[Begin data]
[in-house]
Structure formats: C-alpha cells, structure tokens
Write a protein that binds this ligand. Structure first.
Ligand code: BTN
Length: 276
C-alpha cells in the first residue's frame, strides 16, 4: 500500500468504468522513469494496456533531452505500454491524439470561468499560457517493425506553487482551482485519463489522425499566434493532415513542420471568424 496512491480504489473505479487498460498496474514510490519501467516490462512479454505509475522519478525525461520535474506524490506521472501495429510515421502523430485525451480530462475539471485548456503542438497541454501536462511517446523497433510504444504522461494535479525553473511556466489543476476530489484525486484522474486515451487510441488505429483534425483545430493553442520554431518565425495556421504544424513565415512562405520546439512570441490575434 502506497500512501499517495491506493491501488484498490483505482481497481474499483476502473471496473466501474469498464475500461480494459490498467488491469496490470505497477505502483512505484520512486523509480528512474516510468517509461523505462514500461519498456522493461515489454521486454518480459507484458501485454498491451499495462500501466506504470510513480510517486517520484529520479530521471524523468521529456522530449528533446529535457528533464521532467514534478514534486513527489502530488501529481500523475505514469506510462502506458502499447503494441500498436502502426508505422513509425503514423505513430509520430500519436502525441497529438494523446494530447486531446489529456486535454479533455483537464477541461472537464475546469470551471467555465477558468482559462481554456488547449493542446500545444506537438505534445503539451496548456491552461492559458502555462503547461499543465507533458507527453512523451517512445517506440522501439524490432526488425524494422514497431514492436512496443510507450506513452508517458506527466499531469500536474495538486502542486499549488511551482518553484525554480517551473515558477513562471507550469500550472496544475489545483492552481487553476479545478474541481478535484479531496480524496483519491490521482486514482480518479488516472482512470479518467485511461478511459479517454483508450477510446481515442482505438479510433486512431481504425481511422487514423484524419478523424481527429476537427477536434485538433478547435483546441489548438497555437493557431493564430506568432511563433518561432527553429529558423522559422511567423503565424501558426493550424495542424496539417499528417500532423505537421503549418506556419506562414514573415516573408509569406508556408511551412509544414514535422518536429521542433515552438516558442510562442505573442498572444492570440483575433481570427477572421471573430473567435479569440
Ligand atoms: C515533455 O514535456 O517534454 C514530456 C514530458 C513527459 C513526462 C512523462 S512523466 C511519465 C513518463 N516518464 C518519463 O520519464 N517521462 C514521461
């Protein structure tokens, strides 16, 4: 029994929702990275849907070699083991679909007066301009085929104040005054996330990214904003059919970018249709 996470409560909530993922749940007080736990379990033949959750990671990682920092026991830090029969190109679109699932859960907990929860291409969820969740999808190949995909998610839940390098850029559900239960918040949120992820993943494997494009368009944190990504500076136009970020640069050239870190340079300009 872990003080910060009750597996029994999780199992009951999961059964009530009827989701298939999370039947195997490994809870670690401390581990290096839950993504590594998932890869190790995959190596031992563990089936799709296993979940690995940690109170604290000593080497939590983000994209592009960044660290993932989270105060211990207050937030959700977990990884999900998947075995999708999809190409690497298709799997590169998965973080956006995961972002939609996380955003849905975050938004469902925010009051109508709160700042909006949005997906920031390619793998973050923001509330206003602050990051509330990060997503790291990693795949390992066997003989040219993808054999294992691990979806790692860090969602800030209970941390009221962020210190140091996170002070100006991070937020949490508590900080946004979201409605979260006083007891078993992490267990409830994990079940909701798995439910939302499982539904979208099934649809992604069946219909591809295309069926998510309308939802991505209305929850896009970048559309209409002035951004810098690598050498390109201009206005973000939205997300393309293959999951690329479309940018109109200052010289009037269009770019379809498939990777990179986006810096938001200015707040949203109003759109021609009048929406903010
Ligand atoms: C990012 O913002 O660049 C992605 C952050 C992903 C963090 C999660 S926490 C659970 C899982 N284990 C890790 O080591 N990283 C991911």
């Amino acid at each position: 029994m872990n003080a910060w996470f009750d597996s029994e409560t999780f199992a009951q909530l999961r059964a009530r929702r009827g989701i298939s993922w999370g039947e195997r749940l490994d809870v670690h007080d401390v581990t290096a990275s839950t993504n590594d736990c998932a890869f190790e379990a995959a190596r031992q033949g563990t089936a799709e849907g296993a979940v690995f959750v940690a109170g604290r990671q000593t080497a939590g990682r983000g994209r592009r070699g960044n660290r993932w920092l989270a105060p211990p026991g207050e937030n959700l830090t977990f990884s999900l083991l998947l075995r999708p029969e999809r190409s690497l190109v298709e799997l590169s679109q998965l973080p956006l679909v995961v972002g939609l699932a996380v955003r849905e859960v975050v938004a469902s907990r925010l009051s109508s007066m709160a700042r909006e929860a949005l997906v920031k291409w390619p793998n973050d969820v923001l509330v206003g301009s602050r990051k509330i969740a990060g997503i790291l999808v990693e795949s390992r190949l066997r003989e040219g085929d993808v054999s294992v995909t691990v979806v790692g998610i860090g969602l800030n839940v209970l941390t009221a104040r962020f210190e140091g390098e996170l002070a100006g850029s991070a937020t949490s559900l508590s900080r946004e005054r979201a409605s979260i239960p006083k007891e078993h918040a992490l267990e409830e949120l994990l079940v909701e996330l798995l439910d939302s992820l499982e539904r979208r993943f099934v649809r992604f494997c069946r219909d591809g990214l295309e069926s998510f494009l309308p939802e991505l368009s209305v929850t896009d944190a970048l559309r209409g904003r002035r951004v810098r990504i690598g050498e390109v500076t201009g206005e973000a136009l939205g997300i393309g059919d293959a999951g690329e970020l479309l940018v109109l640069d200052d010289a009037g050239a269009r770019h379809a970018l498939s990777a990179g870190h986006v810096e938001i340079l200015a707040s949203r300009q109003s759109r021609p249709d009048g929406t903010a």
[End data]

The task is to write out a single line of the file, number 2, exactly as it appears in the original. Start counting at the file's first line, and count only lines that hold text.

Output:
Structure formats: C-alpha cells, structure tokens